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Position your sercives as the family's support structure.

By Thomas H. Riekse Jr., CEBS

If you sell long-term care insurance (LTCI), you may find it a difficult sale these days. Your clients probably have many misconceptions about why they don't need it and typically offer various objections. We often counter these by telling them how more and more people are entering nursing homes these days and pointing out the extended life spans of many individuals.

Unfortunately, these responses do not persuade many to sign on the dotted line or help them plan for this event. While statistics are important, what will really sway your clients lies in a message from an old Beatles' song title: "All You Need Is Love."

Put yourself in your clients' shoes. Why would you buy LTCI? Is it because you want to protect your assets, you want to get your care at home, or you don't want to go to a nursing home? No. It is most likely because you love your family and want to protect them and your spouse's retirement. Just as with life insurance, it is not the family member who has died that has a problem. It's the remaining family members who have to deal with the debt and problems of a premature death.


When you're selling LTCI, that's the position you need to take. It's not about statistics; it's about what happens to the family you love when a mother or father becomes chronically ill.

At a seminar our company sponsored, Harley Gordon, president of The Corporation for Long-Term Care Certification Inc., provided a strategy for properly positioning LTCI as a fundamental part of everyone's health-care plan.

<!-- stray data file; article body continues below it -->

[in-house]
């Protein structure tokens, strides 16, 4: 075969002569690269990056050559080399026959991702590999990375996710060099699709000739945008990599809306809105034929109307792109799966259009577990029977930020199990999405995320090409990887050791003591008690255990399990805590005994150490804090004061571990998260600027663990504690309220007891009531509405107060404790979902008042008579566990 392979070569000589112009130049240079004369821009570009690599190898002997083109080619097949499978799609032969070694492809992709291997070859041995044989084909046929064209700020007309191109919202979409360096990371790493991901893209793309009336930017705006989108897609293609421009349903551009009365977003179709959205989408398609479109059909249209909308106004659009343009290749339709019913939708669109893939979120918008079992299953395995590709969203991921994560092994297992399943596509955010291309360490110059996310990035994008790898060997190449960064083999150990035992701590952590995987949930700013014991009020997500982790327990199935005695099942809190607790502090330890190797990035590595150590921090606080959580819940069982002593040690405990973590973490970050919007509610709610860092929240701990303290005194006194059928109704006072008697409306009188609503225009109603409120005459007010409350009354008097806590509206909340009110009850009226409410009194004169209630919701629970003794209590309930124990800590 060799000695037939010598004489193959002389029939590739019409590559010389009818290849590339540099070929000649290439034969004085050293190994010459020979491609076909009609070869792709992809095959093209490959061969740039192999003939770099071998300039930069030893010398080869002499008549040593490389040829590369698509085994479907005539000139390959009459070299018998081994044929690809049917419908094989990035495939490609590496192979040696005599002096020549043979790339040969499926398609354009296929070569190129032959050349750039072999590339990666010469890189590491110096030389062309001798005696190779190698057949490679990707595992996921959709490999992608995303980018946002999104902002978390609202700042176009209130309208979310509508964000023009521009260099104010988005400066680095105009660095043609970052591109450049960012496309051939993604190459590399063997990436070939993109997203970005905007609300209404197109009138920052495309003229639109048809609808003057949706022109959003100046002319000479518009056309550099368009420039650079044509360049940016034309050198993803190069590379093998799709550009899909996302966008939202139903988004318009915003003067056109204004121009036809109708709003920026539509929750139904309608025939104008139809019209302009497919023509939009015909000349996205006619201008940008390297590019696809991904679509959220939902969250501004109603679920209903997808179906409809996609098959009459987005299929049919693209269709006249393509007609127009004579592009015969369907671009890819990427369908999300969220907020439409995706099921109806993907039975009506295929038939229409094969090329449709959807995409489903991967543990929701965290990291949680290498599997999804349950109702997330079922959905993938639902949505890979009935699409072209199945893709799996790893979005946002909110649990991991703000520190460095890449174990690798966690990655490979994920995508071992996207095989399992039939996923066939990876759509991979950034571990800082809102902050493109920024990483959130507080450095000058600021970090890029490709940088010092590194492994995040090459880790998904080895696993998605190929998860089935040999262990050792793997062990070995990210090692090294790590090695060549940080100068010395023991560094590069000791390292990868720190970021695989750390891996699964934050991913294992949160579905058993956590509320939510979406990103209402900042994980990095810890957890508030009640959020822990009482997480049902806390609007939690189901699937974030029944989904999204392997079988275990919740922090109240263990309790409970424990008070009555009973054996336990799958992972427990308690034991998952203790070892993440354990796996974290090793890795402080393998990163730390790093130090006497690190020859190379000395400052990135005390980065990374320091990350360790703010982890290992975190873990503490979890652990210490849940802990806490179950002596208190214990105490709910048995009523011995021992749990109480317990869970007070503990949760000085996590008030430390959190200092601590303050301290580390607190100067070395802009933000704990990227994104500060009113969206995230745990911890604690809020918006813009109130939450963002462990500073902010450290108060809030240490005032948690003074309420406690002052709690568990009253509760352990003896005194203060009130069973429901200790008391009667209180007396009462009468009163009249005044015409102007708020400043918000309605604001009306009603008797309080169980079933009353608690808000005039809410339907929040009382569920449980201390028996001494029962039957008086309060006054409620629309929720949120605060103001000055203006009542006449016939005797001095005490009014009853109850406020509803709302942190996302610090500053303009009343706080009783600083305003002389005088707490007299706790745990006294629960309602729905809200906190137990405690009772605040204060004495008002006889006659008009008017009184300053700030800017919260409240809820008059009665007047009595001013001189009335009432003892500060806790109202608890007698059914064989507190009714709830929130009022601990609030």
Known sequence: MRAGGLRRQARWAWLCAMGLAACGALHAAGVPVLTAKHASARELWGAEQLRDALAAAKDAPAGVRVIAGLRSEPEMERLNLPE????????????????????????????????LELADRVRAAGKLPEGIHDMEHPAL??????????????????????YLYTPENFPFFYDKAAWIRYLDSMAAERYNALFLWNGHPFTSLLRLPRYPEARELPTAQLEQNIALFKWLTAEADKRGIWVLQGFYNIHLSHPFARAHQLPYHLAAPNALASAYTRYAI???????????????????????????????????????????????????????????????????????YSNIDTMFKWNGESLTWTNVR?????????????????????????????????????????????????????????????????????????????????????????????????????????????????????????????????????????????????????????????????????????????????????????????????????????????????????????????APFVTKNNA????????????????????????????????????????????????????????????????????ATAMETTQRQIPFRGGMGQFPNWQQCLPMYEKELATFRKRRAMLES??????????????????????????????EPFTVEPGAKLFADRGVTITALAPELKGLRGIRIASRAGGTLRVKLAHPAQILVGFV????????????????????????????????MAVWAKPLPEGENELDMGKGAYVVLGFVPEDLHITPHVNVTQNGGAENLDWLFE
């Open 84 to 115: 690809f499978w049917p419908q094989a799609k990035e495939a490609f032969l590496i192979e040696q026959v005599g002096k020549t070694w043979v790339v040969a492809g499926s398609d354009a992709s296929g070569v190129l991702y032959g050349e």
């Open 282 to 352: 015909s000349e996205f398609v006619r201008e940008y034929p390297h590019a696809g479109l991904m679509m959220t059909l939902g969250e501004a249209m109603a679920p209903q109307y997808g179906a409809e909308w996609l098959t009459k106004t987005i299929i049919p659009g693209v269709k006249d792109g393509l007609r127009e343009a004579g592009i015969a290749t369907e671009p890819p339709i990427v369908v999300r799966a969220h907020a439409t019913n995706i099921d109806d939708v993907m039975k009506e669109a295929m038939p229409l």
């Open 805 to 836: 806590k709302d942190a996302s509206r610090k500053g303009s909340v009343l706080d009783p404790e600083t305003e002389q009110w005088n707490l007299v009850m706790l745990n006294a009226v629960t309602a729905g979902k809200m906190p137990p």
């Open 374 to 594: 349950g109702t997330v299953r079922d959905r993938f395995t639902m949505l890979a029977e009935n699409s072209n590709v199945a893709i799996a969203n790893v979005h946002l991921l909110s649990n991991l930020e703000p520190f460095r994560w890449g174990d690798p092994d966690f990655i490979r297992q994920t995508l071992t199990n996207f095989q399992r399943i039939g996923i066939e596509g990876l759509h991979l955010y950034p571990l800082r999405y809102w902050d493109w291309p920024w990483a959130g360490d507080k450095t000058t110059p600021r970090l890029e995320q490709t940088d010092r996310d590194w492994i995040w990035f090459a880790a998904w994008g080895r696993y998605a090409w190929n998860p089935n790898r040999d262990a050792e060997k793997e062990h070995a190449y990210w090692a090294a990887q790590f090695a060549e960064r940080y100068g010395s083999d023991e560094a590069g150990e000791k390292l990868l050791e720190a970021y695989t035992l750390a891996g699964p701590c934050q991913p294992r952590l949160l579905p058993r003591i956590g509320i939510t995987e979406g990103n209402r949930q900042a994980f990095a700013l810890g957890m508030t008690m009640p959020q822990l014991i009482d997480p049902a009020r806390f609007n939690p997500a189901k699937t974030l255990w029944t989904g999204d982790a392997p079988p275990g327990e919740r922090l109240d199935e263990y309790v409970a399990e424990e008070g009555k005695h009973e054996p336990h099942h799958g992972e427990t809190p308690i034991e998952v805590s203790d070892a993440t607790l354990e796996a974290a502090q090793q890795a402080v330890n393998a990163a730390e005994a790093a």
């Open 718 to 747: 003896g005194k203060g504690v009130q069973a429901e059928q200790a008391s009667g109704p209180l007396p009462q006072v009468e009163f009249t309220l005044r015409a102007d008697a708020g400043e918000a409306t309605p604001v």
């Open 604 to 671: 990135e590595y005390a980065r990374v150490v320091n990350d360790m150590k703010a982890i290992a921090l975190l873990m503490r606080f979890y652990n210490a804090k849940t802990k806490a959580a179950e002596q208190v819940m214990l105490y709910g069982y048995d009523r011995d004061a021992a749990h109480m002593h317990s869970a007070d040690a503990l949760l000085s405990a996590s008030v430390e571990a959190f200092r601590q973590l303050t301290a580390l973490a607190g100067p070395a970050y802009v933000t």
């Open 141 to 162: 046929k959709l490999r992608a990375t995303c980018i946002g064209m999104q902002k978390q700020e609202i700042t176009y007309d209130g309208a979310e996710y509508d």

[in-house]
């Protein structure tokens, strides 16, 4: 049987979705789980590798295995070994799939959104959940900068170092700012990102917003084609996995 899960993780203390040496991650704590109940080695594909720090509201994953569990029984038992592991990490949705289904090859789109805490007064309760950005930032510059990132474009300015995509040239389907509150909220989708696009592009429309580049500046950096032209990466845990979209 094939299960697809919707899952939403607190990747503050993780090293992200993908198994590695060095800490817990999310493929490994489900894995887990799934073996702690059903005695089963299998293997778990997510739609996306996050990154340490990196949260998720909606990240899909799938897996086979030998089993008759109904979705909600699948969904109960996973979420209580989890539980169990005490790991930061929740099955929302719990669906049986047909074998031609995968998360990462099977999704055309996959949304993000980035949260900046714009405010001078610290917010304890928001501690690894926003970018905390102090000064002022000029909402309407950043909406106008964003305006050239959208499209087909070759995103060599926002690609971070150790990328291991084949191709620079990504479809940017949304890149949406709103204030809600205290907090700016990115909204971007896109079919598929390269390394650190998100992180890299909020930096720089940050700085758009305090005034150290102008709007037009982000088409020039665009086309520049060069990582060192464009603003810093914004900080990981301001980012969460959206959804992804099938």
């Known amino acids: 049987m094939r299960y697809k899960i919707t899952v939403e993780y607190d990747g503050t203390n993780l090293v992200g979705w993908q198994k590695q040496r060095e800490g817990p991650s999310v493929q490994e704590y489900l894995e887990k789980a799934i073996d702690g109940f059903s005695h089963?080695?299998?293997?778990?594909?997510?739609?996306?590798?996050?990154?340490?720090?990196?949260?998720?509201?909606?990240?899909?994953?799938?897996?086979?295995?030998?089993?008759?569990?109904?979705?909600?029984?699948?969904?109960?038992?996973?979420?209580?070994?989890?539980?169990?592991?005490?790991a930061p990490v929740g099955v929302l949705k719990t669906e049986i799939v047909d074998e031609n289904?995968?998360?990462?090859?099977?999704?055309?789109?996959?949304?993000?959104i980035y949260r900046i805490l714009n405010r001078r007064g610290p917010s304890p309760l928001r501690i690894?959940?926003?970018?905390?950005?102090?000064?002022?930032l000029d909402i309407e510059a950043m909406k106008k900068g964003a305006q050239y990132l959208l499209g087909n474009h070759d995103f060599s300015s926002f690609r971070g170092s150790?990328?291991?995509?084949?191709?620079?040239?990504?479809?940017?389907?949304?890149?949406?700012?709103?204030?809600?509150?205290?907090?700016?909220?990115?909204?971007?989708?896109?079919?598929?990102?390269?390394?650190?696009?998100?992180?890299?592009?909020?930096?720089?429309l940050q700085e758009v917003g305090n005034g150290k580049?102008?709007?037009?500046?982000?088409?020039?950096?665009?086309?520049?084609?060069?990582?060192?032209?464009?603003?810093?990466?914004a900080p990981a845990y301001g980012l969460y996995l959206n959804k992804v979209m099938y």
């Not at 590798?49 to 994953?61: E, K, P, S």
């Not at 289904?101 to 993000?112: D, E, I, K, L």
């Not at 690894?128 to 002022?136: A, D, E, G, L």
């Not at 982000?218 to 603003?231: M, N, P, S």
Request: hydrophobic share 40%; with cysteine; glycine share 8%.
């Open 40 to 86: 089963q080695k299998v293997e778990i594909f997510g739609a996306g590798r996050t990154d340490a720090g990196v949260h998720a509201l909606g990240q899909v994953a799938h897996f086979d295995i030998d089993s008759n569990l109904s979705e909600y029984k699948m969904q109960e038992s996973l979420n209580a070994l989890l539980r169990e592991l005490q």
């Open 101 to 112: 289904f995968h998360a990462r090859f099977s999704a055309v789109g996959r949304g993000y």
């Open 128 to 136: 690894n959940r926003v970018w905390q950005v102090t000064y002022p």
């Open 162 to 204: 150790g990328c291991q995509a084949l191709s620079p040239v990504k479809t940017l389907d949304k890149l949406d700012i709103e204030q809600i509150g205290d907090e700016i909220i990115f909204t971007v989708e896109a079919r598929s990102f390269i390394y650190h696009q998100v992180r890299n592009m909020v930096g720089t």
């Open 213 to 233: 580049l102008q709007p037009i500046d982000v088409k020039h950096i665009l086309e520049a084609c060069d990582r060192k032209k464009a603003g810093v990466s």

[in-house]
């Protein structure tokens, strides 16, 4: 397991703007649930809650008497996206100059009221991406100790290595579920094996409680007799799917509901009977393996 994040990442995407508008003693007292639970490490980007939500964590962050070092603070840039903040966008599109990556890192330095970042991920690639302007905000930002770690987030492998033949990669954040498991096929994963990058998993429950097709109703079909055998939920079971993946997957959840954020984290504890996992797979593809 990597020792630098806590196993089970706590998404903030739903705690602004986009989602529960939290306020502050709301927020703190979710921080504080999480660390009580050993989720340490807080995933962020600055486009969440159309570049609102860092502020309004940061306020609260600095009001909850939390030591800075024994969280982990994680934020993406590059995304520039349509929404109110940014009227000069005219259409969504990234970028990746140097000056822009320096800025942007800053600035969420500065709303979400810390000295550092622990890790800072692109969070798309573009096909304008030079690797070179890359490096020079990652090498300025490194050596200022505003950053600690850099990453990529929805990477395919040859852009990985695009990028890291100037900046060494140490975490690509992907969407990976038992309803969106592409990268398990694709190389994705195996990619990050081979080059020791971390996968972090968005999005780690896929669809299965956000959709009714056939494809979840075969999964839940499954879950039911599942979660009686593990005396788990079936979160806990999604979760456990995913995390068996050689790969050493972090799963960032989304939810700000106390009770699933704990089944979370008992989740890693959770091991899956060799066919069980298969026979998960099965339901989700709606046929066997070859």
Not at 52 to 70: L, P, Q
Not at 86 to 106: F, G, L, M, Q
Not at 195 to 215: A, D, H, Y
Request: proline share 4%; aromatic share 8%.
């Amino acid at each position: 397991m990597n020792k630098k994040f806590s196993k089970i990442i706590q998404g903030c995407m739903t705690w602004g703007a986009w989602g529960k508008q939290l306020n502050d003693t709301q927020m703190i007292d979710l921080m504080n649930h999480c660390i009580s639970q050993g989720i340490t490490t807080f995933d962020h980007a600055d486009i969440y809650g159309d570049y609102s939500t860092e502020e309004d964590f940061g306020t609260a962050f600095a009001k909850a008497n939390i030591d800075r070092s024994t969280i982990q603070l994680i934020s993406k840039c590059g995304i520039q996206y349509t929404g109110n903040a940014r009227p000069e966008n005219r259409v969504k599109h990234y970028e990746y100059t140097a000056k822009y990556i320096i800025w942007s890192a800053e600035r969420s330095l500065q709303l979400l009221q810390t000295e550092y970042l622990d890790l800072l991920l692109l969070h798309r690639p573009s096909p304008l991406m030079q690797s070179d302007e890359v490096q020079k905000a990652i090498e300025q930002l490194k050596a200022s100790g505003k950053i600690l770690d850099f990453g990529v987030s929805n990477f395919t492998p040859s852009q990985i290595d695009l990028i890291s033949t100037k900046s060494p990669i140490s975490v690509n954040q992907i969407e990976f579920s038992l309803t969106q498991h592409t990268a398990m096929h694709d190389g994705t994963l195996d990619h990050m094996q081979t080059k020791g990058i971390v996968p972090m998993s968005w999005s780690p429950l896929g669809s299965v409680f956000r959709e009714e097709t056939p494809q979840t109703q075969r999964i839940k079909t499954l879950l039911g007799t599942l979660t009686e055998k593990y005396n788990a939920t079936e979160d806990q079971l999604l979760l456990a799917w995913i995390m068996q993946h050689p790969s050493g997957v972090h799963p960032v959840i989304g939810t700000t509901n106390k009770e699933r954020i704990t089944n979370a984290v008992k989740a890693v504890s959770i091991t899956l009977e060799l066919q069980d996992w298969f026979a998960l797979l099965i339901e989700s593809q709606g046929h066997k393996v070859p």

Start by putting your client at the center of your conversation and establish three key agreements:

  • That the client believes he will live a long life and, when he does, he may get sick and may need care.
  • That long-term care is a family issue and will have a devastating effect on the family and the best thought-out retirement plan.
  • That nothing will pay to protect that family and retirement plan except LTCI.

At retirement, a client puts together with his financial advisor an investment strategy that protects his principal and creates an income to live on. He usually asks his advisor to make sure the income lasts until at least age 90 because he plans on living a long life. Impart the understanding that long-term care is a significant risk the older we get.

There is no question about who will take care of your client in his older years—his children. However, long-term care rarely brings families together; in fact, it tears them apart, mainly because siblings generally don't share parental care equally. Children take care of their parents because they love them and are concerned for their safety. While they may not want to be the caretakers, they usually can't be talked out of it. "Therefore," Gordon says, "don't present LTCI as an alternative but as a complement. It doesn't replace what families do, but builds on an existing infrastructure of support, allowing caregivers to provide care better and longer by offering help with the things the family may find the most difficult or embarrassing to perform."

When you position your services as the family's support structure, they begin to see you as their partner, and you turn them into proponents of LTCI.


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